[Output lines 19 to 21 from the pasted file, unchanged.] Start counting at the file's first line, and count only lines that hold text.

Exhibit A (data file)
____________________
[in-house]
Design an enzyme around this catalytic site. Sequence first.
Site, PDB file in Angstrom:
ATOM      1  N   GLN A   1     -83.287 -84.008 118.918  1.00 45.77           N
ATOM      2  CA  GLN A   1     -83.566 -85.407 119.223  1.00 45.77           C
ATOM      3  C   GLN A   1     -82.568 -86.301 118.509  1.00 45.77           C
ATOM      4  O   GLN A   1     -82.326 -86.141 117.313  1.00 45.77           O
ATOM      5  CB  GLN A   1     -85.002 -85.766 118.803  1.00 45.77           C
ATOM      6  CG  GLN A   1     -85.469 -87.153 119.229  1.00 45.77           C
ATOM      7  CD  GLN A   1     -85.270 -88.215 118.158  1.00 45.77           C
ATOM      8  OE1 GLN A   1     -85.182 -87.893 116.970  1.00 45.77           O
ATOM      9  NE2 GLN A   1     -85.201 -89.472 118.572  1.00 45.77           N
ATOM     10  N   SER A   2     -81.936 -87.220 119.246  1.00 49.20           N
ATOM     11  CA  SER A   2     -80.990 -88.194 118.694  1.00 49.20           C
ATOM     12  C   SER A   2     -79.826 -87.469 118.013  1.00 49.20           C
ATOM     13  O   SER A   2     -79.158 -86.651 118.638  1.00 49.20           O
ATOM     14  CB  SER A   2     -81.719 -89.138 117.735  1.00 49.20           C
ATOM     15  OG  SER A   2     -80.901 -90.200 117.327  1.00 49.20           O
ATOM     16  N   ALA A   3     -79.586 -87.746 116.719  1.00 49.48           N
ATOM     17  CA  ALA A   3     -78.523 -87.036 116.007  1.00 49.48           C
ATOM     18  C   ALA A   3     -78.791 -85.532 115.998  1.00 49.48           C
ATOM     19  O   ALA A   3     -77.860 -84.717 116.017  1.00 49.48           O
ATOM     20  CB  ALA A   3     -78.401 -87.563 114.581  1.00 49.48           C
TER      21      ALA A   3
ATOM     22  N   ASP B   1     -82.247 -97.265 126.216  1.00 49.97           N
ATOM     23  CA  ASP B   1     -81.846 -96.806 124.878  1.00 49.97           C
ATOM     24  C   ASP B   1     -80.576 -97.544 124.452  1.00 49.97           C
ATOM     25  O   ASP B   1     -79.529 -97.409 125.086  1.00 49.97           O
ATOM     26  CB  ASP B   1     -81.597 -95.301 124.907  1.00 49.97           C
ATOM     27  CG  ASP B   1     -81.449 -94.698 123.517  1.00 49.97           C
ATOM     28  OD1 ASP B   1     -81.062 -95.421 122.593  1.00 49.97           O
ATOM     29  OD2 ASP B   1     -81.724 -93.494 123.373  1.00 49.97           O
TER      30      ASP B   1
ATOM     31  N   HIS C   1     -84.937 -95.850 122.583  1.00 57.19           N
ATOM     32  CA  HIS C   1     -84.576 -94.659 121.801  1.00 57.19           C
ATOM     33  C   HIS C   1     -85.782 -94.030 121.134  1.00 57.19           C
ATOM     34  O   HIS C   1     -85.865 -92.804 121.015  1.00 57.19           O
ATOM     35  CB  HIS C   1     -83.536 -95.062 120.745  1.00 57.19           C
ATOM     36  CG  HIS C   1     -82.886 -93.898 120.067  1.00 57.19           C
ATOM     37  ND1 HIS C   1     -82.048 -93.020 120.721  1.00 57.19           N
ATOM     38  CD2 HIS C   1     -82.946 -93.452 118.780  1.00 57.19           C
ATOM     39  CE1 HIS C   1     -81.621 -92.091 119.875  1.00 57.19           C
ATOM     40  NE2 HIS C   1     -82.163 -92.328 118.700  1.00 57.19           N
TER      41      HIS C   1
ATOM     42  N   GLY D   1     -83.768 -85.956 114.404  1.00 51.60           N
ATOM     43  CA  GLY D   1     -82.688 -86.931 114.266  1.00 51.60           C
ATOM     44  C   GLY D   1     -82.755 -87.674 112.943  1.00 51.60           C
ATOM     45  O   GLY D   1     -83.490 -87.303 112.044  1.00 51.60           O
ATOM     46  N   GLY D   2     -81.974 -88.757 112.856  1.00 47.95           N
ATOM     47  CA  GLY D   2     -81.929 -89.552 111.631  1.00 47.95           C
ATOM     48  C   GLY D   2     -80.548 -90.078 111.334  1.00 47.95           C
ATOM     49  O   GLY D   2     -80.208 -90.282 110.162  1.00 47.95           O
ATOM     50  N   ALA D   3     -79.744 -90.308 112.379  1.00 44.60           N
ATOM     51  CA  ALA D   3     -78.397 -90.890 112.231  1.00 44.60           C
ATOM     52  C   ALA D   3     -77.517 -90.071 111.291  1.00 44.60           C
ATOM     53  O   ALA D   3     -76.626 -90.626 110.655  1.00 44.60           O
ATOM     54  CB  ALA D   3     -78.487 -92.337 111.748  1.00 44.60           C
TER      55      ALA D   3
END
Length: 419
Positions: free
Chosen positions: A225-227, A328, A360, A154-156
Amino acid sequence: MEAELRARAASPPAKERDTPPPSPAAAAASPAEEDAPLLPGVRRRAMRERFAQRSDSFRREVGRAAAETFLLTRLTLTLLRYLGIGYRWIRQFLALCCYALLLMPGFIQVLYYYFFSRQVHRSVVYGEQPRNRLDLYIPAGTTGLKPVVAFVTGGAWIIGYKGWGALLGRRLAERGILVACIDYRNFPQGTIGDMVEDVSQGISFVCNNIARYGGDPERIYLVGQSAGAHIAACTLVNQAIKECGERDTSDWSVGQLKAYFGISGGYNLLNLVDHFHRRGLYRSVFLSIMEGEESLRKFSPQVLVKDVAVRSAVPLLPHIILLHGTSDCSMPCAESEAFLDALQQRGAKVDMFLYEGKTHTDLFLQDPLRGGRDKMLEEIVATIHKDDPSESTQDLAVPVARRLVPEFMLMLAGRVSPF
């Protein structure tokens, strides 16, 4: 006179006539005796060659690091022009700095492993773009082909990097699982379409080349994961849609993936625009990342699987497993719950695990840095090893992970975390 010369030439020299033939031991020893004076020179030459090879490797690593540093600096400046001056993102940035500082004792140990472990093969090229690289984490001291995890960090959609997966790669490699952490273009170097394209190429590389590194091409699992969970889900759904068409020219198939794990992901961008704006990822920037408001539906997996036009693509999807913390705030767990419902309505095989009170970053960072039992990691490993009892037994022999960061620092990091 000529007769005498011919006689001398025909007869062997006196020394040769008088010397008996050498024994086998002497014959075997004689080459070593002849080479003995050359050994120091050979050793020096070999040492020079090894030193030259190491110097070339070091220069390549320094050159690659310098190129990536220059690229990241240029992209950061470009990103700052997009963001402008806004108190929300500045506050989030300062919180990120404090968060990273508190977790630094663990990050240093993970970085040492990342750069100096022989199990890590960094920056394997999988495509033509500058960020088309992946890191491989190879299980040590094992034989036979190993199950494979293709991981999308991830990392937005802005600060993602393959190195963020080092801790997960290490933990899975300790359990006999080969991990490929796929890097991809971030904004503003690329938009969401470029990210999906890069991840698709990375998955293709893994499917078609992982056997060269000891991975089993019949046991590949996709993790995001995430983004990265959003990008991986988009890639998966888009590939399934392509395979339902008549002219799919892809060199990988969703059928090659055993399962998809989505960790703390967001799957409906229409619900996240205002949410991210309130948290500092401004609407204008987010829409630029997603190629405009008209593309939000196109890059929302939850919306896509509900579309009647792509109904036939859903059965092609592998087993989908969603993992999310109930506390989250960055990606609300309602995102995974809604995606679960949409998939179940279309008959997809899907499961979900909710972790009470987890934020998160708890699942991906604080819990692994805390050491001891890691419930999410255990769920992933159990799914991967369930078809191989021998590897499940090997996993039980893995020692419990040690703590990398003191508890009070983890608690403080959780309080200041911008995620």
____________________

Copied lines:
ATOM     16  N   ALA A   3     -79.586 -87.746 116.719  1.00 49.48           N
ATOM     17  CA  ALA A   3     -78.523 -87.036 116.007  1.00 49.48           C
ATOM     18  C   ALA A   3     -78.791 -85.532 115.998  1.00 49.48           C